By Stephanie Nicoletti
“The best thing about teaching is that it matters. The hardest part about teaching is that it matters every day.”
This quote is from Todd Whitaker – I had the pleasure of hearing him speak last month along with many other education experts. This quote sums up everything being an educator means. I am so excited to start blogging for The Marquette Educator. I want to share ideas that I learn from others and create a network of life-long learning. I am going to start with some reflection from my first year of teaching and advice for those going into their first year.
I walked into my second grade classroom as a brand new teacher, wondering what this career would bring. I felt my classes at Marquette taught me everything I needed to know about literacy, math and how to write extremely thorough lesson plans. My biggest concern: classroom management. I kept thinking to myself, “Any student teaching I did, the cooperating teacher set up routines, we did not have a classroom management class, oh my gosh, what if they eat me alive?”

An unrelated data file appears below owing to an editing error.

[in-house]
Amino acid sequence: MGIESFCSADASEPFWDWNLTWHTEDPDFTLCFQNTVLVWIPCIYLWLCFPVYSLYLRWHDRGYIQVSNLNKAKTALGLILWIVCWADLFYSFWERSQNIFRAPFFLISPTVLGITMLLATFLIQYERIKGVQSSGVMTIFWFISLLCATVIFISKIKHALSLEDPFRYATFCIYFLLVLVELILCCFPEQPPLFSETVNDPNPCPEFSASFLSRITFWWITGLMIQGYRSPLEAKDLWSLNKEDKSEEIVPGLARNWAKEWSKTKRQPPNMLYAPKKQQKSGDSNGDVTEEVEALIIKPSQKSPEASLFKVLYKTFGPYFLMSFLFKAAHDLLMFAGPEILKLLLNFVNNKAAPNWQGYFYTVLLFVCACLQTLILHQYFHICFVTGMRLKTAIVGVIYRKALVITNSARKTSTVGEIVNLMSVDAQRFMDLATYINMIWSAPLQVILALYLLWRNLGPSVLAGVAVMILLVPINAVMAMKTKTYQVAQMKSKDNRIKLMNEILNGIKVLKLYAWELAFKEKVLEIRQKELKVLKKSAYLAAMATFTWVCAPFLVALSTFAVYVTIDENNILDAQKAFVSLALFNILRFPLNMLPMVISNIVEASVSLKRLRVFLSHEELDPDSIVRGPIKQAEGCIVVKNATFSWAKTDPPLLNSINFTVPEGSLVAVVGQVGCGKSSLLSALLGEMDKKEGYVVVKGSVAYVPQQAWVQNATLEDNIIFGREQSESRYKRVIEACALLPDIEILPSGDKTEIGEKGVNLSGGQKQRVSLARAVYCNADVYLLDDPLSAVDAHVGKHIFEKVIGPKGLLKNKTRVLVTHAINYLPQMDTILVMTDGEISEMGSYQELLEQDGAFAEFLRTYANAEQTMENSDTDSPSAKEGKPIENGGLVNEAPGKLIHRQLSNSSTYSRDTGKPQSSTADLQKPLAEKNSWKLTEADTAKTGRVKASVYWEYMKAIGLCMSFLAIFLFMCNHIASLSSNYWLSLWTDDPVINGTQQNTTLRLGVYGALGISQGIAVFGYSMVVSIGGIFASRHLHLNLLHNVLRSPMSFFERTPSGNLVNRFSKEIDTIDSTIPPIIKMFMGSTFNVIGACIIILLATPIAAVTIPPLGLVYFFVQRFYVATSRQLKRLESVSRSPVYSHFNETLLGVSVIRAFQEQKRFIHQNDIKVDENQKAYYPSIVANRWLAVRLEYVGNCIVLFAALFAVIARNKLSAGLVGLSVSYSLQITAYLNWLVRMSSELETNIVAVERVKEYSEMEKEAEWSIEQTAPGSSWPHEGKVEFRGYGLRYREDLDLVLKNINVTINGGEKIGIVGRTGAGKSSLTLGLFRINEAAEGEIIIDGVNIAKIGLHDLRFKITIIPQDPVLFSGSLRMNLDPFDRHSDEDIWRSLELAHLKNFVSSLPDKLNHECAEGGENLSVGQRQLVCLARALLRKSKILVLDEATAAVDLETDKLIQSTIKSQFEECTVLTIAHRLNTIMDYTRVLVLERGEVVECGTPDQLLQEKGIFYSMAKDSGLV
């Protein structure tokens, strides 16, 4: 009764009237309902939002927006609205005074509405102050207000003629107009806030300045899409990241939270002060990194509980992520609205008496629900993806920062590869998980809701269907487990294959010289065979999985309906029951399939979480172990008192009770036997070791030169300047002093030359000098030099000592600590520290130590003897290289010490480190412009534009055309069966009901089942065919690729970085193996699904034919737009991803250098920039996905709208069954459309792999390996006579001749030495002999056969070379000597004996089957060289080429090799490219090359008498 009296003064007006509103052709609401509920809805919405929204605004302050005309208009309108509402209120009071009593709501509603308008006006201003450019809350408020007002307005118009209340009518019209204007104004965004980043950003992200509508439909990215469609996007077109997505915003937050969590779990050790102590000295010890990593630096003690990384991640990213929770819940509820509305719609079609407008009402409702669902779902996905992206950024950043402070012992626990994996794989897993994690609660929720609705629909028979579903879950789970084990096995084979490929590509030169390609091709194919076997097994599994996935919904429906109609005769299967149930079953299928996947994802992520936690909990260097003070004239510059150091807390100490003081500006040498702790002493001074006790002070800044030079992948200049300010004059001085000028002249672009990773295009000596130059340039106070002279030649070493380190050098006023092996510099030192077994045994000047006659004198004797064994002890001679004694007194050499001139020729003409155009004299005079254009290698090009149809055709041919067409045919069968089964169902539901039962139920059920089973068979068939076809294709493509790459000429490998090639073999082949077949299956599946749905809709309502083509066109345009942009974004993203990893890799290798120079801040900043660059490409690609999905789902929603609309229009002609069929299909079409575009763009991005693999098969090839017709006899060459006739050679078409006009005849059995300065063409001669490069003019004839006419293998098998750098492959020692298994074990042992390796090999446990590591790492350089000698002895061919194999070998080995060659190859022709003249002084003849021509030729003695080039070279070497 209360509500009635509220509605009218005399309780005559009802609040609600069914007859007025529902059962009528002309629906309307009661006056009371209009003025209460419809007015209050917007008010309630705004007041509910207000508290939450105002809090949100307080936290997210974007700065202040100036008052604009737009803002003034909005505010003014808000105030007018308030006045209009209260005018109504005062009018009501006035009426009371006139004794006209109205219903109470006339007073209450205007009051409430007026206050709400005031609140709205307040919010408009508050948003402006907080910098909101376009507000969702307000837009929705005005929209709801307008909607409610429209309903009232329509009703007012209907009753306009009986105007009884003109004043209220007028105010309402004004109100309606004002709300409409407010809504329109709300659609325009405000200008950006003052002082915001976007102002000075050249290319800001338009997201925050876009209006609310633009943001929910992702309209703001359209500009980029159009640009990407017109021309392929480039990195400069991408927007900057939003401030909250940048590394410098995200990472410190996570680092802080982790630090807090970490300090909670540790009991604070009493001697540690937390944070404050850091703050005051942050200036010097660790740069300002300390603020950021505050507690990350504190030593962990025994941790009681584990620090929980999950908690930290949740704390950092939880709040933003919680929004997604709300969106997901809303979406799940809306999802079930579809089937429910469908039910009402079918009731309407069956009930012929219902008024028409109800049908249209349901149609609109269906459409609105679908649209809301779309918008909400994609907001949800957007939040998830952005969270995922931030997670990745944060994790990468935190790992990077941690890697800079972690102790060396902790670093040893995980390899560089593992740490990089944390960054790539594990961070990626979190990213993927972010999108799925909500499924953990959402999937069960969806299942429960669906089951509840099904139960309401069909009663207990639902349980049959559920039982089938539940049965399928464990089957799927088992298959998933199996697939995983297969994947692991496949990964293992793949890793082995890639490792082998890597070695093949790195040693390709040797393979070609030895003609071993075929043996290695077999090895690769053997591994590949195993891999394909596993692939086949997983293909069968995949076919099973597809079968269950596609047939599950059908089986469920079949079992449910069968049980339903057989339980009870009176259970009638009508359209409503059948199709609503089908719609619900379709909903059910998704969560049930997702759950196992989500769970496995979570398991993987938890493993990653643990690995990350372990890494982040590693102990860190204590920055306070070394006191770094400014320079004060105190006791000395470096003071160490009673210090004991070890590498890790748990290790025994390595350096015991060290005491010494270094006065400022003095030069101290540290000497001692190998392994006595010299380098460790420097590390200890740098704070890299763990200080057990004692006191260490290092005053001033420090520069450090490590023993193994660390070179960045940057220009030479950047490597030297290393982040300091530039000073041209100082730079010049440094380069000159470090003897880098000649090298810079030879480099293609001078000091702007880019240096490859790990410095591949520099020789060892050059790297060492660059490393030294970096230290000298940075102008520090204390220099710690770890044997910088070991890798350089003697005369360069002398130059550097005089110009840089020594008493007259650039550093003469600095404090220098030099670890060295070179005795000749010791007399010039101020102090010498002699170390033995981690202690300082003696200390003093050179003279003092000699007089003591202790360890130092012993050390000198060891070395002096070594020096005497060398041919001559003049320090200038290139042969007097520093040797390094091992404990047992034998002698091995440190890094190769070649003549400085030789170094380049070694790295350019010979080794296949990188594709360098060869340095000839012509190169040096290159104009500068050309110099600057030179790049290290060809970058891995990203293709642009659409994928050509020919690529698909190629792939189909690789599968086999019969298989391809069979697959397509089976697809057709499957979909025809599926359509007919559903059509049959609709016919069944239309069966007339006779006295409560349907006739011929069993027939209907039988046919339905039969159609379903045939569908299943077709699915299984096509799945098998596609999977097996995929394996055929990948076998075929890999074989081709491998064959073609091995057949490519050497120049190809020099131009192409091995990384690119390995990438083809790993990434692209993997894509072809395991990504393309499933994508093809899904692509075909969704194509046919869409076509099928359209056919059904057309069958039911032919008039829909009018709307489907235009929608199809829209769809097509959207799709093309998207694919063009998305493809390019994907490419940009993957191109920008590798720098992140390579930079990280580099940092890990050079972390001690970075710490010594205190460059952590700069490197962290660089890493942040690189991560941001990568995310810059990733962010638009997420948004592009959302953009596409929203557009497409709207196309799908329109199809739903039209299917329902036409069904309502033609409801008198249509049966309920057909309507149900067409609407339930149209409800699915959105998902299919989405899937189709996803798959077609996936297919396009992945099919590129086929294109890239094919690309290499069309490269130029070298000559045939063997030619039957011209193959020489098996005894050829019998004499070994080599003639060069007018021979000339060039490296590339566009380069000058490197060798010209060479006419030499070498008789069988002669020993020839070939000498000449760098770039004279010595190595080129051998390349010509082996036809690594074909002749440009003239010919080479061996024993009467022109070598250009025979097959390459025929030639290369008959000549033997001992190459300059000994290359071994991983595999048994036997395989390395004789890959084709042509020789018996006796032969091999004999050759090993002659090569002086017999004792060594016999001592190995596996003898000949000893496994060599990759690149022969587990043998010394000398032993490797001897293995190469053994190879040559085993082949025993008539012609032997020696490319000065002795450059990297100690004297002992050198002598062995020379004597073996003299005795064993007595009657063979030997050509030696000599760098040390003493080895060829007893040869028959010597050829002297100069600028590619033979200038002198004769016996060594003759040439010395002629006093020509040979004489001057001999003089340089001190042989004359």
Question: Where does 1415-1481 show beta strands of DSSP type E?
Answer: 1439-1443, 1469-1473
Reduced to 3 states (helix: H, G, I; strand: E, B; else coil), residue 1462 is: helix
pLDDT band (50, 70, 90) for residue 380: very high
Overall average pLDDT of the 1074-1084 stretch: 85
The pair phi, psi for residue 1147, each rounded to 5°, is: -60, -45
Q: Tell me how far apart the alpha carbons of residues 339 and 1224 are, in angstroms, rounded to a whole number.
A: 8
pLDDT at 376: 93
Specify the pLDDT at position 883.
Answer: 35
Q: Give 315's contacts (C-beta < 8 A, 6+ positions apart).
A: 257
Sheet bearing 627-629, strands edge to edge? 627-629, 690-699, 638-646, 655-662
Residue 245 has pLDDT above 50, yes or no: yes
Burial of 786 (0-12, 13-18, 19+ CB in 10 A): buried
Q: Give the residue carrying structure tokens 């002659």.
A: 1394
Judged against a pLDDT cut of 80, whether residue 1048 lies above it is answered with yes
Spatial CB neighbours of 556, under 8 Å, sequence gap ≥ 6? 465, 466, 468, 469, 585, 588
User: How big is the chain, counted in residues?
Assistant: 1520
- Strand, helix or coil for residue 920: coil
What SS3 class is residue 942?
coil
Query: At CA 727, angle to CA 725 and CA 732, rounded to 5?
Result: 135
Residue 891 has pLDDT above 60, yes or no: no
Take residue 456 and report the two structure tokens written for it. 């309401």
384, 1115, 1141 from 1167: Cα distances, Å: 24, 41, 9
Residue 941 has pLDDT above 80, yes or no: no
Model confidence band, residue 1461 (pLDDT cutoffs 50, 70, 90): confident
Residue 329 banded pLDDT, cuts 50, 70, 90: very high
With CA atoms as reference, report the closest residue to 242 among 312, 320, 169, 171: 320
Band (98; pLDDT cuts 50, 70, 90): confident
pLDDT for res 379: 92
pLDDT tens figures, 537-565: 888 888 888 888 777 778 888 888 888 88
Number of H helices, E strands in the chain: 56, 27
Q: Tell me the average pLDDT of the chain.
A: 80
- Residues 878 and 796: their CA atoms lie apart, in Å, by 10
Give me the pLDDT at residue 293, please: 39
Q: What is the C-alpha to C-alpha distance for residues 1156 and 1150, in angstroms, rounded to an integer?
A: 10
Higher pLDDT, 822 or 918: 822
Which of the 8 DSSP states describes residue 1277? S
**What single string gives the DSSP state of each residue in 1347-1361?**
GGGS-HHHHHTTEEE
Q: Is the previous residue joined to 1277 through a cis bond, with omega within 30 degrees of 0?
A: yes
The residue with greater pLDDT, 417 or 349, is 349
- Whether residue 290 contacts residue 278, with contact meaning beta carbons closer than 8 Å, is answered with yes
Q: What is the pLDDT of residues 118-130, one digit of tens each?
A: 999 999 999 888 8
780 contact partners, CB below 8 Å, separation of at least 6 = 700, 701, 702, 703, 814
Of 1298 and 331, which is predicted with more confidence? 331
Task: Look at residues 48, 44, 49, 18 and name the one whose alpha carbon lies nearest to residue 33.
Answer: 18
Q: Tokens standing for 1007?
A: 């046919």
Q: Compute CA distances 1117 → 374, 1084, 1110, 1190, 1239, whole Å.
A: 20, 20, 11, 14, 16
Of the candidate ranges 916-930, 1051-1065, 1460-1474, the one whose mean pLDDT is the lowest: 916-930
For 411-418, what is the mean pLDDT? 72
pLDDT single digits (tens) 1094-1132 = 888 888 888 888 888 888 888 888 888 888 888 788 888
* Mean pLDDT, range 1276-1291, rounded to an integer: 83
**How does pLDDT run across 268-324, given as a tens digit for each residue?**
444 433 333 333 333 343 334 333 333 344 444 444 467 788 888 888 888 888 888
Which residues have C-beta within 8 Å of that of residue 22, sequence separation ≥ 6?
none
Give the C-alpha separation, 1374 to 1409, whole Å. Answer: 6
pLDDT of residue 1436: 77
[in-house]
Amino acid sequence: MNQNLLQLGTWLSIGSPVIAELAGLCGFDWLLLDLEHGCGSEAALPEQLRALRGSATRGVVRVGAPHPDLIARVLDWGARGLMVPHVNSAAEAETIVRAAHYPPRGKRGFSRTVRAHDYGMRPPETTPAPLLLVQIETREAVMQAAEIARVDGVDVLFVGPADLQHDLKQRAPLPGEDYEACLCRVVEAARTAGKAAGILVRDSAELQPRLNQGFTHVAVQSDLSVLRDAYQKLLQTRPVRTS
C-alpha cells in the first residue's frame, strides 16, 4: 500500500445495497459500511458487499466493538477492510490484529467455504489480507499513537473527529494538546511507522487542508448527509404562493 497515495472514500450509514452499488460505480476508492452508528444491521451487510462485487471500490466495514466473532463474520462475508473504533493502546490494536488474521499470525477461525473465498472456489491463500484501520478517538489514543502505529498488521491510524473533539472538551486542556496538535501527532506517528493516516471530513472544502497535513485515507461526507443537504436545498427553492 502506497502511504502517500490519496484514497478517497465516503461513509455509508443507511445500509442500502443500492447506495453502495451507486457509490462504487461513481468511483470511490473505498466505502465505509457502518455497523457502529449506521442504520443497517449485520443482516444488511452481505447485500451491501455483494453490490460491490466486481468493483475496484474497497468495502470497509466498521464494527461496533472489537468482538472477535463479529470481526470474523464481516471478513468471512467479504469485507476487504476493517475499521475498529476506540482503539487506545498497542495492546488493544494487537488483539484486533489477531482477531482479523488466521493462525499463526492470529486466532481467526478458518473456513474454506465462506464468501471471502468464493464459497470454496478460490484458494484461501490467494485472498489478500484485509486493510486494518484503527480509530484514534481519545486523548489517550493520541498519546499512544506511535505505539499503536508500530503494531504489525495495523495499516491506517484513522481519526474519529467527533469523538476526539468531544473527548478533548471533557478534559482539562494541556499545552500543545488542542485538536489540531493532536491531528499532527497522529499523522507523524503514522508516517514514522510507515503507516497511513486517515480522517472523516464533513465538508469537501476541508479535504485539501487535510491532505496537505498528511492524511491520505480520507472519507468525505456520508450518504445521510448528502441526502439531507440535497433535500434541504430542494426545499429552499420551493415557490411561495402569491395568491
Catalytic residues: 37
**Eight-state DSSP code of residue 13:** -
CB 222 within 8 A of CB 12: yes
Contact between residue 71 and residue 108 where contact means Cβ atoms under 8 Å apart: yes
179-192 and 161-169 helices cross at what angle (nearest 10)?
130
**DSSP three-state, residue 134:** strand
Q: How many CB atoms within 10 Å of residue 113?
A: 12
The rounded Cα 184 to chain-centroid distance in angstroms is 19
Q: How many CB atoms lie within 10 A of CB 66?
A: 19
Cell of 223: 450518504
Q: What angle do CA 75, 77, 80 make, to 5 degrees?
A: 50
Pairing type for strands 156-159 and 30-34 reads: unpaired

Other staff members kept admiring and questioning my room layout: carpet in the middle, desks formed into tables around the carpet. It was an open concept with flexible seating. I wondered why there was so much amazement with this layout. I soon realized this was new to some of my colleagues. In other rooms, desks covered the floors in rows. Then, September 1st came around. I taught the students how to choose a good place to sit, built extremely strong relationships with my students, and made learning hands-on. Behaviors seemed to diminish, and students whose past teachers seemed to dread and talk negatively about began to flourish. As I reflected, providing choice in the classroom, an open layout, and building strong relationships is the key to effective classroom management. This is more than anything I would have learned in a pre-service education class.
I am a novice teacher and am learning every day, so my message to brand new teachers is this: you will question everything you implement. Always be confident in what Marquette has taught you and trust your gut. You know more than you think you do, but stay humble enough to know when to ask for help. Be flexible, build relationships, and watch how your students grow immensely.